The world is desperately in need of a solution to the crises of socio-economic and political violence, lack of direction, and utter disregard for the declining moral and ethical standards. The reality points to a very frightening prospect and to a world that is not governed by any moral codes, ethical values, international law and the absence of credible enforcing institutions. As the behavior of certain permanent members even in the formative years of the United Nations reveals, the current dysfunctionality of the UN is neither a recent problem nor it is a matter of bureaucratic inefficiency.

Rather it is built into the hegemonic structure itself and the need for an alternative system with a philosophy and mission statement suitable for a sustainable global social, political and economic system is becoming increasingly urgent. As long as the world is managed by those very few so called "fit" who pursue their own selfish interest at the expense of the great majority, they are given the right to codify rules, regulations, morality and ethics and to write history. Are we to assume that the world is ruled by the fittest of the human species? If so then the results suggest that there is a cancer on the body of humanity and unless the world reverses its course and changes the culture of violence, the cancer will destroy it. Recently at Davos we heard calls for more deregulation, more free market, more capital inflow/outflow, more speculations, more free trade and much more free this and free that. Angela Merkel of Germany and Gordon Brown of Britain suggested the creation of a Security Council Economic Commission for more policing of the World economy. This however is not in opposition to the neoliberalism that Davos has been promoting. It simply means for control of the World economy by a few—a few that control Security Council itself. There is a hopeful sign that there is a growing awareness regarding the very oligarchic structure of global institutions and the various mechanisms of transfer of wealth from the poorest to richest. The developing world is displaying an advanced degree of awareness that often dwarfs that of their counterparts in the advanced industrial and capitalist countries. As their awareness advances inexorably, the hope for a better world must be sustained. It is not the hoarding and the wasteful consumption of resources --the foundation of uni-polar and bi-polar hegemonic system that has ruled the world. It is a world free of hegemonic tendencies, respect for the rules that everyone can live by. As long as hegemonic powers control the structure and set policies, the structure will remain detrimental to the health of the "real" international community. No one should believe that United Nations ought to solve the World's pressing problems, but no one expects the United Nations to be one of the causes of the problems. It is time for the United Nations and all of its agencies to renounce past practices on the part of some of its agencies, adopt a new paradigm, and join the voices speaking on behalf of the under-privilege at the World Social forum rather than as a cheer leader on the sideline for the voices of greed and failure at the World Economic Forum at Davos.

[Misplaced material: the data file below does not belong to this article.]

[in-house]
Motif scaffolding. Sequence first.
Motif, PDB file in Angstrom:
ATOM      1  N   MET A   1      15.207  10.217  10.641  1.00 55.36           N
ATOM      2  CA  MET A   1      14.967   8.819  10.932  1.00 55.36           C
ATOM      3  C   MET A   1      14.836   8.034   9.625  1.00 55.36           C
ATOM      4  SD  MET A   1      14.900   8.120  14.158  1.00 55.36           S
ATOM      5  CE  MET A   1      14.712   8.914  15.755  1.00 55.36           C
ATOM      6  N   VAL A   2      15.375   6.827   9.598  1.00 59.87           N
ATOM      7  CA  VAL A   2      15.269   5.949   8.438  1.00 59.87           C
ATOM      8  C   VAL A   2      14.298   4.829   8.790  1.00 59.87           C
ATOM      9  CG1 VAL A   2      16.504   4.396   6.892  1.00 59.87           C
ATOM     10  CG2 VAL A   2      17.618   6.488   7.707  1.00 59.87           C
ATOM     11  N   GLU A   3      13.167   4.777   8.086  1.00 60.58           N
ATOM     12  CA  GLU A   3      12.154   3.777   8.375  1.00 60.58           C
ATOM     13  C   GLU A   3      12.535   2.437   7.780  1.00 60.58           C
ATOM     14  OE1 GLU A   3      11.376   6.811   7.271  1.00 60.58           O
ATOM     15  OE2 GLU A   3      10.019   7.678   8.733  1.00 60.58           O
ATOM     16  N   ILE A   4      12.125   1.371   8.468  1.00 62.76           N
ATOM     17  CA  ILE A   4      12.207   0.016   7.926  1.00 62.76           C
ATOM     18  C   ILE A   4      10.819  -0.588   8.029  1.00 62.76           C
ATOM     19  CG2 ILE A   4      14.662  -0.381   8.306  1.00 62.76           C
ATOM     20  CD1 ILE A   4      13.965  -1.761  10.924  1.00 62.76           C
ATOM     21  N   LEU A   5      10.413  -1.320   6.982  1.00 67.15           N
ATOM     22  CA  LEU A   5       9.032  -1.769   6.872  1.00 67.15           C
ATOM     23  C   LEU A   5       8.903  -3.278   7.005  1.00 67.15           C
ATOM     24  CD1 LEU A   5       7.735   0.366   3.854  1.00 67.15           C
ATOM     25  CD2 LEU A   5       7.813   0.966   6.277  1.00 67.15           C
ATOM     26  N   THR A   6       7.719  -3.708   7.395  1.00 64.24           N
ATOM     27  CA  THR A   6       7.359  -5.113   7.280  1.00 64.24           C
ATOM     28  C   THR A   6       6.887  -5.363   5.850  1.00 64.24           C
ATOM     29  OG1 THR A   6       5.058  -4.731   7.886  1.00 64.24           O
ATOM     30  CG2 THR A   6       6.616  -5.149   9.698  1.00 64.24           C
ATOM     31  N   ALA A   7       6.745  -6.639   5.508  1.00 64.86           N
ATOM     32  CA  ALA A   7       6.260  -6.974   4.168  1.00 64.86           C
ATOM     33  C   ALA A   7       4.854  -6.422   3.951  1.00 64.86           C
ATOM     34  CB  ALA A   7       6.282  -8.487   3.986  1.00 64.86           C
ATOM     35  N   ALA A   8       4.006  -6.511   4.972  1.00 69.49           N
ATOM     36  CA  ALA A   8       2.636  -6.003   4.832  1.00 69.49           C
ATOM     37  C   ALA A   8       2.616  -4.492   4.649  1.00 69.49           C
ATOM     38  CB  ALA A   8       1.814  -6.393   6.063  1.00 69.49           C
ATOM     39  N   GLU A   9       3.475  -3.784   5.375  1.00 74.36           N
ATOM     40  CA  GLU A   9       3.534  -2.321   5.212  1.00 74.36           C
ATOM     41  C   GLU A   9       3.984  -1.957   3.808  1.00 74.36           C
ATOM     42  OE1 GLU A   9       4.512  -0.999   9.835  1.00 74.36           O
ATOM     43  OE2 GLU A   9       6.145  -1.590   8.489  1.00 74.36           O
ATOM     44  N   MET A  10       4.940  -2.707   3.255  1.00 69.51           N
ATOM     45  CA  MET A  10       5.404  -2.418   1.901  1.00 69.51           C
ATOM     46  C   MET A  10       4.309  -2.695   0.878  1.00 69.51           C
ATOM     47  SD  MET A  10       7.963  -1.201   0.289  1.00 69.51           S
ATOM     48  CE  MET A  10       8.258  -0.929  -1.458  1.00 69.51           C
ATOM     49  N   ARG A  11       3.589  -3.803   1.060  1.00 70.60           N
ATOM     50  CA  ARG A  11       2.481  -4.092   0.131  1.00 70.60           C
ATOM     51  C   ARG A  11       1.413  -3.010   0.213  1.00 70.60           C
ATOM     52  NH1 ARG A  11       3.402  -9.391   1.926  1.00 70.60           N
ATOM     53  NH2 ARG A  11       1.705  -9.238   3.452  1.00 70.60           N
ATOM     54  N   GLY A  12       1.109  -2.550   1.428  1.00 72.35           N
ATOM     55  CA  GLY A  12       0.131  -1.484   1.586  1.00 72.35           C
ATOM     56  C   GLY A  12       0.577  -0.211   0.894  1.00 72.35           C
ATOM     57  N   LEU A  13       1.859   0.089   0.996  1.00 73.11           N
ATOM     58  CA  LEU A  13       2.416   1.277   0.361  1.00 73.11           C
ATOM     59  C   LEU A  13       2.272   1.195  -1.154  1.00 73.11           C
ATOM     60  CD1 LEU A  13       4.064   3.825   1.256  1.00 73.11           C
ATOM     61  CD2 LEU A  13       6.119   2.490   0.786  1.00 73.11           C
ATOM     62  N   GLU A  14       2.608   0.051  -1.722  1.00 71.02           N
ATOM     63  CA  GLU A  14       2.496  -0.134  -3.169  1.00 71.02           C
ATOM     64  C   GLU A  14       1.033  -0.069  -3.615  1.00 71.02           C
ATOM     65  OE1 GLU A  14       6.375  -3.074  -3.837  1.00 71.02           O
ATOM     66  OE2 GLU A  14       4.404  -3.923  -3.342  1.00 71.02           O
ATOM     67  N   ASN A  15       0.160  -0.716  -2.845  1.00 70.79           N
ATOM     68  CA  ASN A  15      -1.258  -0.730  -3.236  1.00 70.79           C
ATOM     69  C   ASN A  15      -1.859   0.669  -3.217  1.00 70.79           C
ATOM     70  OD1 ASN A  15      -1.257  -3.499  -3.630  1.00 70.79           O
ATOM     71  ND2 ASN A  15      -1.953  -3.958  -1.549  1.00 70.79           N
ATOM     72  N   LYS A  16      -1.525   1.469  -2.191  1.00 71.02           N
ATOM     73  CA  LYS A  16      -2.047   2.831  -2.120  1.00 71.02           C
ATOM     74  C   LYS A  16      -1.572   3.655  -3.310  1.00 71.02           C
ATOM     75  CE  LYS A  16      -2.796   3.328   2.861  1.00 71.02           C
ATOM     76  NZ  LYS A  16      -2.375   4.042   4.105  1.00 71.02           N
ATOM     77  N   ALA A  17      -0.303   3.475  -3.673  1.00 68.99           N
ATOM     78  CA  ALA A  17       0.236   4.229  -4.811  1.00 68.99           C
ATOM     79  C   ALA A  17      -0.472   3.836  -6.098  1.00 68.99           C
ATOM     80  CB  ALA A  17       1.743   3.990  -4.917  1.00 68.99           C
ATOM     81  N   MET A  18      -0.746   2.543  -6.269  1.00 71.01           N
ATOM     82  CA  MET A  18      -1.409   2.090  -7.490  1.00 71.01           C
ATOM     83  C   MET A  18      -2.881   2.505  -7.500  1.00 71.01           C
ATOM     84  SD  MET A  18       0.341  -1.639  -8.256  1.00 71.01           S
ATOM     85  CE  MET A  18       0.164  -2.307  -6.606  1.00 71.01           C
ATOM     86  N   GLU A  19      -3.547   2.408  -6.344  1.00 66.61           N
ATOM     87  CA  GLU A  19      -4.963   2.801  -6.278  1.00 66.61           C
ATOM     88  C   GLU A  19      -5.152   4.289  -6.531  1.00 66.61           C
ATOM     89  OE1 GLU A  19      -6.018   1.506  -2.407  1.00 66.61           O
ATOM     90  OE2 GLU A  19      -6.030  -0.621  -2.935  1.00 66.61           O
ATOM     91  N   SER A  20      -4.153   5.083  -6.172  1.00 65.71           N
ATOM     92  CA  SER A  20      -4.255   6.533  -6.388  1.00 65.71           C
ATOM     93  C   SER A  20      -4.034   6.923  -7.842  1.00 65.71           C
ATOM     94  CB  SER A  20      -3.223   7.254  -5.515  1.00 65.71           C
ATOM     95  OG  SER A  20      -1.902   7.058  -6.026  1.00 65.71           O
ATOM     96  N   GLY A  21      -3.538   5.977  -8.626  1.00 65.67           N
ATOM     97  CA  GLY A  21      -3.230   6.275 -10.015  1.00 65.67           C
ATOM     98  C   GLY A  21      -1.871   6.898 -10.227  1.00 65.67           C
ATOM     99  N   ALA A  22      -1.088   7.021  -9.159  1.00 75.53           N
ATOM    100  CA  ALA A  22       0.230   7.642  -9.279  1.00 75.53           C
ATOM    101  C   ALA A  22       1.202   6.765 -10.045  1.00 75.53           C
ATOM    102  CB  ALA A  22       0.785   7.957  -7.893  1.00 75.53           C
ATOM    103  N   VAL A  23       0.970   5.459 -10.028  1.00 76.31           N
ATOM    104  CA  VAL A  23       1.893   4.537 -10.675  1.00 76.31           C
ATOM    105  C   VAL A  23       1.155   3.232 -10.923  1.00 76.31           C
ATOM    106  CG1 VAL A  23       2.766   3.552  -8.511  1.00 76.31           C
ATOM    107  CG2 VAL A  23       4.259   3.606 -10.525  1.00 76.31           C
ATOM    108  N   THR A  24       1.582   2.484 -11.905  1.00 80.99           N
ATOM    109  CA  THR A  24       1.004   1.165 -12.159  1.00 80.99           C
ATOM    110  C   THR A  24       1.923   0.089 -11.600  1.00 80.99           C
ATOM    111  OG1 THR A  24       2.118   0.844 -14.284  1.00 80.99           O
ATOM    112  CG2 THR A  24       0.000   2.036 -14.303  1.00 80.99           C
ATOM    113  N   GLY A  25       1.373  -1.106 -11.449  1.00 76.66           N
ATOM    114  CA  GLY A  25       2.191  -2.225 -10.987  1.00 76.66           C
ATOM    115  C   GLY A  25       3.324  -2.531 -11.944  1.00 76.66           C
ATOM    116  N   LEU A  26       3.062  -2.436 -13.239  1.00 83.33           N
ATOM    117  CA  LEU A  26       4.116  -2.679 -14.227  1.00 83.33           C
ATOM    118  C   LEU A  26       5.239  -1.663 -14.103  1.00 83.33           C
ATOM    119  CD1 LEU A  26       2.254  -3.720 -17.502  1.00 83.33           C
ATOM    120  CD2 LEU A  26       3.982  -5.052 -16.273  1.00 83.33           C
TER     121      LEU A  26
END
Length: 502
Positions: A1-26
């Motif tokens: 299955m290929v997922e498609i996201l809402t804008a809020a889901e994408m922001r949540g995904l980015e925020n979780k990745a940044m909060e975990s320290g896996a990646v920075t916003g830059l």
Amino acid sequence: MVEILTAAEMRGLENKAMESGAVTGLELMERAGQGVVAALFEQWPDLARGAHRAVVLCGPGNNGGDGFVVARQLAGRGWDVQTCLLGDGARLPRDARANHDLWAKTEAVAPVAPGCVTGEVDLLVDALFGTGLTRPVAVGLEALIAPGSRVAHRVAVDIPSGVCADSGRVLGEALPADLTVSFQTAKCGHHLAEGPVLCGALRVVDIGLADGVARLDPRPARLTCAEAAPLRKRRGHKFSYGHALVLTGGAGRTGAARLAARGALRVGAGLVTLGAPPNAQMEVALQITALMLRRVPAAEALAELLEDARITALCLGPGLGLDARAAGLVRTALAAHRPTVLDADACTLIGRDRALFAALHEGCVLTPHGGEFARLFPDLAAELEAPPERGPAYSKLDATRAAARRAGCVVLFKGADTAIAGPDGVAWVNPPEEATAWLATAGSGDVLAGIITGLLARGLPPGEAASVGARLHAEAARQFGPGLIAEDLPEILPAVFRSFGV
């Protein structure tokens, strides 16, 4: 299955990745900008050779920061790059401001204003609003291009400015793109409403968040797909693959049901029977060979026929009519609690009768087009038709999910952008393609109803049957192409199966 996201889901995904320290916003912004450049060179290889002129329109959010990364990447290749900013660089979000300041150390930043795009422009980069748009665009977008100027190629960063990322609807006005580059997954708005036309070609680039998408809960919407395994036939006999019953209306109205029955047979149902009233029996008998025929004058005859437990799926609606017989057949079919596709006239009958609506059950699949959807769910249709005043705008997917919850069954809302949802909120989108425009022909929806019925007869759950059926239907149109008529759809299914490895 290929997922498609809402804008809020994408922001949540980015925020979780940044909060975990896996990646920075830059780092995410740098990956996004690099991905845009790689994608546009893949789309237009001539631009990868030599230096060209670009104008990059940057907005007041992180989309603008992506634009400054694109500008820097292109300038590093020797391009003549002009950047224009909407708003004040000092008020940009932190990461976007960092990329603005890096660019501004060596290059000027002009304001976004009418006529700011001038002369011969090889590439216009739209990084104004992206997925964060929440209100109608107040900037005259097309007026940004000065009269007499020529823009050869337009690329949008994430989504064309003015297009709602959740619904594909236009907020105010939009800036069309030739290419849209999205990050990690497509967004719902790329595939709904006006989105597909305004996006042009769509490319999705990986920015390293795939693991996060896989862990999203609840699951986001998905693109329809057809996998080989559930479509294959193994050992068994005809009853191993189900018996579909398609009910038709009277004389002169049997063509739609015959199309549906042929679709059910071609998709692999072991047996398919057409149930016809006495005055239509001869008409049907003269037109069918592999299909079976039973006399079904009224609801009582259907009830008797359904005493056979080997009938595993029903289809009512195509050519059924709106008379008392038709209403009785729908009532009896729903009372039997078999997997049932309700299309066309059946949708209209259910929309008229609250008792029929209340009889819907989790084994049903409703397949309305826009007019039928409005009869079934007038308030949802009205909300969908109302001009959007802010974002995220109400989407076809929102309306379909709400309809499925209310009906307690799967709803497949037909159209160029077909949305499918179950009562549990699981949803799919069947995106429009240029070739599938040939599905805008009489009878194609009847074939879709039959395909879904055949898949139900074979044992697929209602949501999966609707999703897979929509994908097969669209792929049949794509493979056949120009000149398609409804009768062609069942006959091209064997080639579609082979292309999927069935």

1.    In the nineteenth century, the quest for peace began with the "Concert of Europe," the "Geneva Convention," and the "Hague Convention,"  "Inter-parliamentary Union and culminated in the "league of Nations."

2.    The Administration made sure that the existing and future treaties and organizations (United Nations Charters in particular) were structured and restructured in a manner which reflected the economic, political and military security considerations of the United States and its allies. The critical issue for the Truman Administration was the prohibition of regional treaties by the existing united Nations Charter agreed upon at Yalta. To Truman, the Yalta Agreement was a give away and a diplomatic tragedy. Despite his reverence for President Roosevelt, Truman thought Yalta was a mistake. The San Francisco Conference was an attempt to correct what had gone wrong at Yalta.